Through the Prism

After passing through the prism, each refraction contains some pure essence of the light, but only an incomplete part. We will always experience some aspect of reality, of the Truth, but only from our perspectives as they are colored by who and where we are. Others will know a different color and none will see the whole, complete light. These are my musings from my particular refraction.


Wide Open for the Americans

For the past few weeks a situation has been developing in Spain where a doctor was caught providing professional athletes from a host of sports with banned substances. The details aren't completely clear yet, but information is slowly being distributed to governments, governing bodies, and the press. 58 cyclists are said to be involved. A couple of teams have lost sponsors and trainers. A preliminary report finally reached the Tour de France organizers in the last two days, and it looks like a good 20 riders are going to be suspended before the race gets under way. No one has been proven guilty yet, but some have been caught at least lying. The team coaches/sponsors have all previously agreed to an ethical statement that riders will not be allowed to race while under investigation for doping, and they have decided to honor that agreement.

The top five finshers in last year's race: Lance Armstrong, Ivan Basso, Jan Ullrich, Francisco Mancebo, Alexandre Vinokourov. Armstrong: now retired. Basso: a pre-race favorite, now suspended, is maintaining his innocence and vowing to fight the allegations. Ullrich: a pre-race favorite, now suspended, is maintaining his innocence and vowing to fight the allegations. Mancebo: a definite contender, now suspended, decided today to retire from cycling. Vinokourov: a definite contender, not implicated individually, but part of one of the primary teams involved; the entire team has withdrawn.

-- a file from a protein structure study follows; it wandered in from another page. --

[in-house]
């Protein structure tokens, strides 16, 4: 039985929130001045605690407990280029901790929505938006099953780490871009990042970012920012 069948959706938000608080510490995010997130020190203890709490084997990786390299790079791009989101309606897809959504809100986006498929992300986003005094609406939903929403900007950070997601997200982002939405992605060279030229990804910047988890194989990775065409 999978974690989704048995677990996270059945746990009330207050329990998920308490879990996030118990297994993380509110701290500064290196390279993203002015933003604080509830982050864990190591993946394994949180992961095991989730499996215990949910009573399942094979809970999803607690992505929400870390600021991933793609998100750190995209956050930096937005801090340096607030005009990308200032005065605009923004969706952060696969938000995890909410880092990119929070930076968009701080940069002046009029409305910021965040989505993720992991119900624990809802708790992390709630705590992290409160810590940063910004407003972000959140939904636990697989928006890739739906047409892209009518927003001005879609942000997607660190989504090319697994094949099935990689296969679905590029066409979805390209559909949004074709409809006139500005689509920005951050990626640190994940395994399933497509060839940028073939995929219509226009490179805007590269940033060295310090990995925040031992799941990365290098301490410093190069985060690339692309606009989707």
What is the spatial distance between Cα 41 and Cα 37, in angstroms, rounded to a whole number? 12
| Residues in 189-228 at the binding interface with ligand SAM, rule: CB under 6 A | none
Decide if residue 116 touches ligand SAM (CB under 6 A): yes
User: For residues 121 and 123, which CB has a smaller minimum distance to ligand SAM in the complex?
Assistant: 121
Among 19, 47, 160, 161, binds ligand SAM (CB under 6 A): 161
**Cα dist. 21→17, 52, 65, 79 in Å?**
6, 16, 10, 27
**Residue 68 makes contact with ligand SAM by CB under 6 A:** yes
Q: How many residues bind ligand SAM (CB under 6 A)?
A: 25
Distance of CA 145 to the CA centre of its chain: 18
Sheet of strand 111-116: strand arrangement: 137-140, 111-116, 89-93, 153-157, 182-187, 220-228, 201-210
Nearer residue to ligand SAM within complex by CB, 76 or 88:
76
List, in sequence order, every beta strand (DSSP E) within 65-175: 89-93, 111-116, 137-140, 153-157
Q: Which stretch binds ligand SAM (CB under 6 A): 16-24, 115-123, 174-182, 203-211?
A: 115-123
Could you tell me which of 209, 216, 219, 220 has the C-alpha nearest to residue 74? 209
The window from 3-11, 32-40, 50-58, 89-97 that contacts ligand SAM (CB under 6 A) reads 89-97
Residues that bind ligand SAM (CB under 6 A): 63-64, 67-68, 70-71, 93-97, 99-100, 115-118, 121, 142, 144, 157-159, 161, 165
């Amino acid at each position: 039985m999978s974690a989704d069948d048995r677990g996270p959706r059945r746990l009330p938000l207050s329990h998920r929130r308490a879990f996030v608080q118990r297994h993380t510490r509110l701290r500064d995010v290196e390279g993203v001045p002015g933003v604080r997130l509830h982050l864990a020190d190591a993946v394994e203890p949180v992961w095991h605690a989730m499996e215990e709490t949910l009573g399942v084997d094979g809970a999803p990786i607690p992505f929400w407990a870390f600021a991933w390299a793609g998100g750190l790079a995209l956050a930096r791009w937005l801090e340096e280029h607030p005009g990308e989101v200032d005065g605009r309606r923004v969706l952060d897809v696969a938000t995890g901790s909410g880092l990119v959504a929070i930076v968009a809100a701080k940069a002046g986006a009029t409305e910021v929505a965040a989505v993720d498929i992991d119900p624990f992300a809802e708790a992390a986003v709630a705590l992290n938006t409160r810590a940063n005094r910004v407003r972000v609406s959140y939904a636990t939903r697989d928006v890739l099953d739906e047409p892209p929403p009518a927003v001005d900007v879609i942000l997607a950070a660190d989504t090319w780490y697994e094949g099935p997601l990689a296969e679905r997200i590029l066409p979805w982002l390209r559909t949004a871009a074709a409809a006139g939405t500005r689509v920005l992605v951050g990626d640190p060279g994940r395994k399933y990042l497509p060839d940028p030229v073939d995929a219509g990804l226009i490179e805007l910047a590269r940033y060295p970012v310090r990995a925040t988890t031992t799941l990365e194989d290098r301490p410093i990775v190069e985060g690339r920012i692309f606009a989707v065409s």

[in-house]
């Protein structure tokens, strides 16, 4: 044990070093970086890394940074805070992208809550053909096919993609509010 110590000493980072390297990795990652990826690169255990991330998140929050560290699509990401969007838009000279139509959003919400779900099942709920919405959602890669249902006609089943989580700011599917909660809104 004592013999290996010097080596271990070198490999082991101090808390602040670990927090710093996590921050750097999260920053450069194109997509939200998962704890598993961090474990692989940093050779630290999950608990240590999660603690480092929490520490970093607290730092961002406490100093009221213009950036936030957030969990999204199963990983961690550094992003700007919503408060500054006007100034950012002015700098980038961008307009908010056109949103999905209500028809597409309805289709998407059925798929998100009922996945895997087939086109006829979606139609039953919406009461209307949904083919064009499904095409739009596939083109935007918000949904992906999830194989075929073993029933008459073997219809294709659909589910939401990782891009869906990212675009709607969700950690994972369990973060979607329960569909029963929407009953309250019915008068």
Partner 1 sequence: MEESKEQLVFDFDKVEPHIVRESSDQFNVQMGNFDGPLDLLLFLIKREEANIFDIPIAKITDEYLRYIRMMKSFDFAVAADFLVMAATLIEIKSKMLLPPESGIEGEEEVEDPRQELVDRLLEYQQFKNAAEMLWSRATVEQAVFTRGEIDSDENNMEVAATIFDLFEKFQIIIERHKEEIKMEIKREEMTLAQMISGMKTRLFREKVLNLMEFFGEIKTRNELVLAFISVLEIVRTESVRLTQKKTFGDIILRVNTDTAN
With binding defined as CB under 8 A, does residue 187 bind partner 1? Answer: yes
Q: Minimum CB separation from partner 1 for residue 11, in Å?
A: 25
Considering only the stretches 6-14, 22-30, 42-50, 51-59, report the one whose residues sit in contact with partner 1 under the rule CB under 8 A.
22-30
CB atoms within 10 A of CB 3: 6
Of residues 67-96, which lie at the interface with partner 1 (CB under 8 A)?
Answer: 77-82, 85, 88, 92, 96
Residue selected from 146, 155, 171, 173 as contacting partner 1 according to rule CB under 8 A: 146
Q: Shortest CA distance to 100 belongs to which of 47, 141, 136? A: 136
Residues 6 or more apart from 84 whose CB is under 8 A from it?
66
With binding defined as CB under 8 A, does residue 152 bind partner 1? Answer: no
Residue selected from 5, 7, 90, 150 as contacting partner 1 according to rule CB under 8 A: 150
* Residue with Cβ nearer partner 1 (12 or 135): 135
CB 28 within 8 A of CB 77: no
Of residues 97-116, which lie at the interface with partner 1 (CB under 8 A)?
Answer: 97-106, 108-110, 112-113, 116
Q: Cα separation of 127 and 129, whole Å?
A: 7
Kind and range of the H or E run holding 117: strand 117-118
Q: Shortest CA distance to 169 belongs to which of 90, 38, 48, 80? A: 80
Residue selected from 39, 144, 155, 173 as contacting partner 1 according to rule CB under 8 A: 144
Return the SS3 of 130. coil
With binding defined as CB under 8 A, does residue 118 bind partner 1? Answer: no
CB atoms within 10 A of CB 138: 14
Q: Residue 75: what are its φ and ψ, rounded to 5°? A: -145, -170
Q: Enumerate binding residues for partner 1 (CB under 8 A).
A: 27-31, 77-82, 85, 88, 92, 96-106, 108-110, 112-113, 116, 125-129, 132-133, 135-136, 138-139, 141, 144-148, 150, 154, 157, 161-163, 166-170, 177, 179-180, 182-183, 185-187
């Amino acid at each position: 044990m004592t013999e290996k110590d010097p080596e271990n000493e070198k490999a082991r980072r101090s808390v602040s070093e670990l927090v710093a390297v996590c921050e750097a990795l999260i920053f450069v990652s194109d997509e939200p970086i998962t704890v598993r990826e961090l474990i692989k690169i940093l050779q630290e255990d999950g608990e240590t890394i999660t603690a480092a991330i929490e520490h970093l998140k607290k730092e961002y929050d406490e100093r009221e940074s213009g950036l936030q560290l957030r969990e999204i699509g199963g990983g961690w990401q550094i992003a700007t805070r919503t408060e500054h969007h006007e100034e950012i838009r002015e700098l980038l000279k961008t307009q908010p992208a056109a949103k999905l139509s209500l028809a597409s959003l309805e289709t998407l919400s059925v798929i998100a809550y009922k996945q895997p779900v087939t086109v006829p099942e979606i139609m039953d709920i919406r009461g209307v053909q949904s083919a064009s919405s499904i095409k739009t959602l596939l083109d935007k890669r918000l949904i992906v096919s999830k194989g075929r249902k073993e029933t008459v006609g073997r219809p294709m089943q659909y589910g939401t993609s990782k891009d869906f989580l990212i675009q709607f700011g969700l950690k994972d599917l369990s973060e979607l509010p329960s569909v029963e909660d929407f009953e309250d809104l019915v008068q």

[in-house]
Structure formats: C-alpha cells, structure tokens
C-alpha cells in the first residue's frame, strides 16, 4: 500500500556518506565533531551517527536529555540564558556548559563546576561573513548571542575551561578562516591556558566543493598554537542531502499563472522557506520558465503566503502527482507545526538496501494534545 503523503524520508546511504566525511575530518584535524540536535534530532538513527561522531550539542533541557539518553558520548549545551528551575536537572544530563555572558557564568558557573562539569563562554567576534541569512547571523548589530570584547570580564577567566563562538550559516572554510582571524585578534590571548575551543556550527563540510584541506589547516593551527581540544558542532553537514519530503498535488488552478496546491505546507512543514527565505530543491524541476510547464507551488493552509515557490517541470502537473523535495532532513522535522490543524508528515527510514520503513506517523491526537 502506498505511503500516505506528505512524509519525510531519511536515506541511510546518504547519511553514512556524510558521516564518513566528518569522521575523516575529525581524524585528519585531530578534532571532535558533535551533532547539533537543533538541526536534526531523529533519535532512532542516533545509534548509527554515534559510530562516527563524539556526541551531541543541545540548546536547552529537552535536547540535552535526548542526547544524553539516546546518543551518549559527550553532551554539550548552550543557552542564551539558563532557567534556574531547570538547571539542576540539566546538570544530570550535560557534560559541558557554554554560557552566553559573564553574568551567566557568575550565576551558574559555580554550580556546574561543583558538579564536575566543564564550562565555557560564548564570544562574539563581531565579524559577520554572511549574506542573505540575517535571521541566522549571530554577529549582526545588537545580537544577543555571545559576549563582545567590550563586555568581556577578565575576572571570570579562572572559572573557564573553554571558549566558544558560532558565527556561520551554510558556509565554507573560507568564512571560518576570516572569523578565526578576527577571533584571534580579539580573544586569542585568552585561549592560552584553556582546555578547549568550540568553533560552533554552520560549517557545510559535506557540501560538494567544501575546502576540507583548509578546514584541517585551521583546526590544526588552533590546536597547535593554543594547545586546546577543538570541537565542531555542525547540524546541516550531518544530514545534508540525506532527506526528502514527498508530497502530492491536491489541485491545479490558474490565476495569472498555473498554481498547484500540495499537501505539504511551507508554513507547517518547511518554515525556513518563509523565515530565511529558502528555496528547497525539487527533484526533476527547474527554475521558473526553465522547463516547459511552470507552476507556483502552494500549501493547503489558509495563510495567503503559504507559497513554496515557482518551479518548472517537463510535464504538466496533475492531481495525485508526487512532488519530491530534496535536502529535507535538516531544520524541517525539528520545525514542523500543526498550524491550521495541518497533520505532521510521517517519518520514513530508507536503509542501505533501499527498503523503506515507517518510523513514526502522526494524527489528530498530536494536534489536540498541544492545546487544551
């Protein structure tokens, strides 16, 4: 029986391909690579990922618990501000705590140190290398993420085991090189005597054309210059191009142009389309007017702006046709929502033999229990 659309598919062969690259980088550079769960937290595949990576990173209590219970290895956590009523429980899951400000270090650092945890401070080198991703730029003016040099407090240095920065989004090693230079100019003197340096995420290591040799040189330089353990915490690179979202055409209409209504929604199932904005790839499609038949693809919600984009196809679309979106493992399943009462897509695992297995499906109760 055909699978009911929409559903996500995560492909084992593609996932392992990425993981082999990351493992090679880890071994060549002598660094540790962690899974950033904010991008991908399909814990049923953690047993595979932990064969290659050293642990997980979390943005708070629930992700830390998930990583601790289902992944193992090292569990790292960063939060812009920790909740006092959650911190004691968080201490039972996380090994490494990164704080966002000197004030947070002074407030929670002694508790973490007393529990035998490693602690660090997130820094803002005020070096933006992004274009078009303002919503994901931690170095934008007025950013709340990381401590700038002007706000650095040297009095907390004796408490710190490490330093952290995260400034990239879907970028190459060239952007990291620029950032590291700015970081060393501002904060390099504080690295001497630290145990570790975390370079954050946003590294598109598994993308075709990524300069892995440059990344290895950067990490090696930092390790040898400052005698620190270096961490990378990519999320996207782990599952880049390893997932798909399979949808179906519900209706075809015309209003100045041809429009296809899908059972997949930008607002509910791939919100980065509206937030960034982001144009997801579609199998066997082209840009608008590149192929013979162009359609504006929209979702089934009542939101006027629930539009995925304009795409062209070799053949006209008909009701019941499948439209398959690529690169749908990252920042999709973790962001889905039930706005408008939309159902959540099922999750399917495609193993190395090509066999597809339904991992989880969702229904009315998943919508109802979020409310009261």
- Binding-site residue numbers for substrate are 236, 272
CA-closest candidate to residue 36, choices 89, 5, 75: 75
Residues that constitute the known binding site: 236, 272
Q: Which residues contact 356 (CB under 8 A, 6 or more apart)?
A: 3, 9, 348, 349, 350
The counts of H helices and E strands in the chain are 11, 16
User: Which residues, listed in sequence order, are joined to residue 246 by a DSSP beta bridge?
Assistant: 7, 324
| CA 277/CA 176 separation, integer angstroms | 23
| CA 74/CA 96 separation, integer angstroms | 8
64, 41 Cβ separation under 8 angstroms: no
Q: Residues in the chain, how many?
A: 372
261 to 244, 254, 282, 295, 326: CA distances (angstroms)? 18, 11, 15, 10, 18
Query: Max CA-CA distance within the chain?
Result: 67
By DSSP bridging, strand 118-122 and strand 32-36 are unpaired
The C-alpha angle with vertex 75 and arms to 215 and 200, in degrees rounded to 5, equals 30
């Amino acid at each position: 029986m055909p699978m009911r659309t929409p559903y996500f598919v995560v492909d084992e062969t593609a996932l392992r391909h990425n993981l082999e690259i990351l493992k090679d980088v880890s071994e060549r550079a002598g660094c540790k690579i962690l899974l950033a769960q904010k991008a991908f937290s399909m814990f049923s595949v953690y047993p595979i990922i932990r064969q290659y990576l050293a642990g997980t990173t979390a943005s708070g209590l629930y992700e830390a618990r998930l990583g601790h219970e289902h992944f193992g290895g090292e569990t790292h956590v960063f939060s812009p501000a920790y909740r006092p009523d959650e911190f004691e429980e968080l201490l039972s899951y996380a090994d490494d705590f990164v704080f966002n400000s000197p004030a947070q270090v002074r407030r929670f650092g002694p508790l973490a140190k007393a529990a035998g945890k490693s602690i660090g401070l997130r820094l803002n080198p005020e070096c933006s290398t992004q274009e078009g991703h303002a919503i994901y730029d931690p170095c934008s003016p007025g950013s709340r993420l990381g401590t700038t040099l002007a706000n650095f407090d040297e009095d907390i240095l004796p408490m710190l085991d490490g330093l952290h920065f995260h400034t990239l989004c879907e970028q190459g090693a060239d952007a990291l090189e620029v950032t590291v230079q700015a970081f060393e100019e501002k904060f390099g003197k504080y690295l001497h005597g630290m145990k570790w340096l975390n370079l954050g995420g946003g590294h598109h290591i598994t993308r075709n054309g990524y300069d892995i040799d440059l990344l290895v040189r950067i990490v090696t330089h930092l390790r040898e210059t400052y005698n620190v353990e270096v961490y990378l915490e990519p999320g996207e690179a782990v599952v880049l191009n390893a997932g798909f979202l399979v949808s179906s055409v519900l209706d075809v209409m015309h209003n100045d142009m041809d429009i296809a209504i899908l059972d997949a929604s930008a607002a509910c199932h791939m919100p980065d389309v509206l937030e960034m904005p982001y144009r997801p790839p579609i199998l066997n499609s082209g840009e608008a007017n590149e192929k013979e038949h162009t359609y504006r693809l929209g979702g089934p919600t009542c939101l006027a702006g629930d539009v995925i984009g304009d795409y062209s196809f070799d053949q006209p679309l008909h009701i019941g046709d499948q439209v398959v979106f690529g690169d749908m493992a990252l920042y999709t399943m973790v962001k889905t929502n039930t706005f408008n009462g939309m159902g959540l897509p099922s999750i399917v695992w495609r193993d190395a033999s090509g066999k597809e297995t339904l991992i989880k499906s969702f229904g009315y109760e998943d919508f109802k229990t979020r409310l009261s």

So who does this leave? The other names being tossed around as serious contenders behind Basso and Ullrich include: Floyd Landis, Levi Leipheimer, the best rider from Discovery--potentially George Hincapie, Paolo Savoldelli, Yaroslav Popovych, or Jose Azevedo--Cadel Evans, Alejandro Valverde, Denis Menchov, Damiano Cunego, and a few others. Basso's Team CSC and Ullrich's T-Mobile each have a number of riders with the potential to contend (including American Bobby Julich on CSC, who was third in 1998, the last time the Tour was rocked by this kind of controversy) but who have been preparing for support roles, so we'll have to wait and see on them. It's wide open now, but I really like the chances of the three top Americans: Landis, Hincapie, and Leipheimer, in that order.

Since I was planning on making a pick today, I'll make my prediction: the winner of the 2006 Tour de France will be Floyd Landis (who gets the edge because we share a Mennonite background).


At 6/30/2006 6:36 PM, Blogger The Girl in Black said...

Whoa! That is quite the development.

But Landis, the dude that bailed from Discovery for a shot at fame-- over the dutiful lieutenant content to support Lance? I don't know. It would seemingly be Hincapie's time.

Besides, poor Floyd needs a catchier moniker. Doesn't sound rockstar enough.

At 6/30/2006 10:56 PM, Blogger Degolar said...

Sentimentally I'd like to see George win, but I think Floyd has a better chance. Up to now he's been better at both climbing and time trialing. He's younger. And he's had a year to adjust to the pressure of being a team leader. George doesn't even know if he'll end up as the leader or still in a support role, whereas Floyd's goal is clear and his team is all there to help him.


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